Therapy is a very effective way to treat anxiousness.  There is power in processing your fears and worries out loud with a therapist.  Therapists can help validate feelings.  Therapy is also effective in helping you see unhealthy ways of thinking.  Cognitive Behavioral Therapy (CBT) is the most common type of therapy for it.  CBT teaches you how your thoughts and feelings impact your actions.  It also helps you to identify distorted and negative thinking patterns.

Therapy also teaches coping mechanisms or coping skills to battle Anxiety.  Simple tools such as mindfulness techniques, deep breathing, and relaxation techniques can all be effective.  Other helpful coping mechanisms include exercise, reading, music, and yoga.

Medications can help decrease Anxiety.  Anti-depressants are sometimes prescribed.  The most common type of Anti-depressants are SSRI’s (selective serotonin reuptake inhibitors) or SNRI’s (serotonin and norepinephrine reuptake inhibitors).  Benzodiazepines, such as Xanax, Klonopin, and Atavin are also helpful for treatment.  Medication is not for every person, but can definitely make the symptoms more manageable and life more enjoyable.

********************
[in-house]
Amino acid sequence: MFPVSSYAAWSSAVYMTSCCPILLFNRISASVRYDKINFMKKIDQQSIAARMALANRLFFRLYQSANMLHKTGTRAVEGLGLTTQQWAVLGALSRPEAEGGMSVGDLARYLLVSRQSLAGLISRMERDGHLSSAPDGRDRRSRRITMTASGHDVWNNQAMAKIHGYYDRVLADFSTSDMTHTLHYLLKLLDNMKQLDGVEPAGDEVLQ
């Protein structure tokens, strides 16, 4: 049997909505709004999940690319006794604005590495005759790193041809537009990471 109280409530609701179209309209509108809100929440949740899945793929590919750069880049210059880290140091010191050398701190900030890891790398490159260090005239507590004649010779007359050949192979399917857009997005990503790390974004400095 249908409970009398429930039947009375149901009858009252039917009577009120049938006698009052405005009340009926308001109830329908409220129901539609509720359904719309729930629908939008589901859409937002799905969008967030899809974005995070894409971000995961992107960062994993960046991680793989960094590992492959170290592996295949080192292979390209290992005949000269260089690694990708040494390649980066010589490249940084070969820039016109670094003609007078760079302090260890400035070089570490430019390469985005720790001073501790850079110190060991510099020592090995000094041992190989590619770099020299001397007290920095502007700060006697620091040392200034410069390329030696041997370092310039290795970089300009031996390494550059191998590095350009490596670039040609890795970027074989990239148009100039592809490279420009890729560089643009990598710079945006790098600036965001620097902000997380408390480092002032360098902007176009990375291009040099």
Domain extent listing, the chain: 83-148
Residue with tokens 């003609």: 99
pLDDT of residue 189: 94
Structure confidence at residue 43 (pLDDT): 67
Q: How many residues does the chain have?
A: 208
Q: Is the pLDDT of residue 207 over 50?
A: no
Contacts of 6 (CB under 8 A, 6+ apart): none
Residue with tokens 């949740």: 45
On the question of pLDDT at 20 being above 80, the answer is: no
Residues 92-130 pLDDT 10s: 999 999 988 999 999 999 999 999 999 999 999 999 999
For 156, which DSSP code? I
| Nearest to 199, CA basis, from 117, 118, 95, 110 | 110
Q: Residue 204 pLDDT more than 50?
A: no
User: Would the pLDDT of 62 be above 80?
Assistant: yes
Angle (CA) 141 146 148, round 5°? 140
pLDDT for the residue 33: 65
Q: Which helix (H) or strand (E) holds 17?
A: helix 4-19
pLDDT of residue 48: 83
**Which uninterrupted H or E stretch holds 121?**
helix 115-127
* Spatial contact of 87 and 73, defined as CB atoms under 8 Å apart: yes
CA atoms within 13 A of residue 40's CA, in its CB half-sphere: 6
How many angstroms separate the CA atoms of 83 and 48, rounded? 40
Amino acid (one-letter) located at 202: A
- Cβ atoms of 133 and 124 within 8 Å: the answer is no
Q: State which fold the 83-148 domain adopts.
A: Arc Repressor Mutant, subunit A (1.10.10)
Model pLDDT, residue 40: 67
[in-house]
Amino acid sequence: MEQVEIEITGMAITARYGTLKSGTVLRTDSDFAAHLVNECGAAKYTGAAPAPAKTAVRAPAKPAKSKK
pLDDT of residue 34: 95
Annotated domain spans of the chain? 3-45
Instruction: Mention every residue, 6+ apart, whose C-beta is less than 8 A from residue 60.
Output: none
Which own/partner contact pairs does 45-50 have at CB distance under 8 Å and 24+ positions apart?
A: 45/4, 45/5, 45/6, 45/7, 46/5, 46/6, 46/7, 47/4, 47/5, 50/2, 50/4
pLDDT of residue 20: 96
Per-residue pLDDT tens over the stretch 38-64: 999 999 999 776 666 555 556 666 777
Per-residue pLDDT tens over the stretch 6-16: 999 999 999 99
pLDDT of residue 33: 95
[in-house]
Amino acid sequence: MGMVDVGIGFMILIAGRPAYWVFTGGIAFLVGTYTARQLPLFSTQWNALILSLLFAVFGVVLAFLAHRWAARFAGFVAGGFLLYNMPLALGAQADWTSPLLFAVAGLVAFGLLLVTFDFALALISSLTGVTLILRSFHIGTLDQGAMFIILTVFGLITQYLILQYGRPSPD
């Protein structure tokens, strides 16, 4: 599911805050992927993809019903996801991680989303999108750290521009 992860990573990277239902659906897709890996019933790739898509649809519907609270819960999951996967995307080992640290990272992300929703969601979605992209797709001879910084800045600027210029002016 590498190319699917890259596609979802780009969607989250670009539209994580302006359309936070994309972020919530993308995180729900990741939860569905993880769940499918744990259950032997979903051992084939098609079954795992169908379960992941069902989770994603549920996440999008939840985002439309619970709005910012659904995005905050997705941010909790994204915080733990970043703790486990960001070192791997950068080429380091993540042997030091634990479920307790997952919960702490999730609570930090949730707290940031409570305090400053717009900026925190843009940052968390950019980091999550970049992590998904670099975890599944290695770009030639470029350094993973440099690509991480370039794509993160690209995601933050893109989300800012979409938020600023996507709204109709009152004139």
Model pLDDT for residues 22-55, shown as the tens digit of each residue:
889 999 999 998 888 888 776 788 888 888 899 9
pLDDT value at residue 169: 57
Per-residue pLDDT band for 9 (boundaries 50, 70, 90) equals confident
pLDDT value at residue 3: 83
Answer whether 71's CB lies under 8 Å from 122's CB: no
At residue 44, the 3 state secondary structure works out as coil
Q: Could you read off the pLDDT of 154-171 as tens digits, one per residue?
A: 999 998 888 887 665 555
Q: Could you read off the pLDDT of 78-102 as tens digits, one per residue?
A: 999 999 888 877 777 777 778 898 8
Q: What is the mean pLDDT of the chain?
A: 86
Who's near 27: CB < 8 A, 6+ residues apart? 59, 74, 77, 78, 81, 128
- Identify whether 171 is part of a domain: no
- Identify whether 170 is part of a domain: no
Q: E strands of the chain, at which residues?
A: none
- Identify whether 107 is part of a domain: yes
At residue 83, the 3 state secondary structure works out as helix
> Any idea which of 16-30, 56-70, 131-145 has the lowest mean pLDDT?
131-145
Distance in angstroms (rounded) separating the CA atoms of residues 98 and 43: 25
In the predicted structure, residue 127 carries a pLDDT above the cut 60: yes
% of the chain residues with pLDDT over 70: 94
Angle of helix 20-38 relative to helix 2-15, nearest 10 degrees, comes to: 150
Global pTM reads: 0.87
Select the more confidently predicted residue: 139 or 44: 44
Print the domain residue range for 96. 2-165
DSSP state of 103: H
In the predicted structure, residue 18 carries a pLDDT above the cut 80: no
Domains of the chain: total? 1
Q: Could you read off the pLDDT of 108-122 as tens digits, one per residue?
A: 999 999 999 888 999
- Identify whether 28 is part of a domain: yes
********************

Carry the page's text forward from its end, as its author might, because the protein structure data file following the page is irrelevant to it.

Final Thoughts

If you experience Anxiety, you know that it can be not only a nuisance, but can also impact your well-being.  You don’t have to go through it alone!  Find a friend who also experiences Anxiety that can be a confidant.  Attempt to implement some coping mechanisms and learn ways to relax. If you are struggling, please reach out for professional help!  Anxiety does not have to run your life.  There is help and many treatments options available.

Written by Christy Fogg, MSW, LCSW

*Christy Fogg, MSW, LCSW is a licensed therapist at Journey to Joy Counseling. Christy enjoys doing marriage/couples counseling, individual counseling, premarital counseling. She also provides family counseling, teen and adolescent counseling.

Journey to Joy Counseling serves the Indianapolis area, including Carmel, Fishers, Noblesville, Zionsville, and Westfield.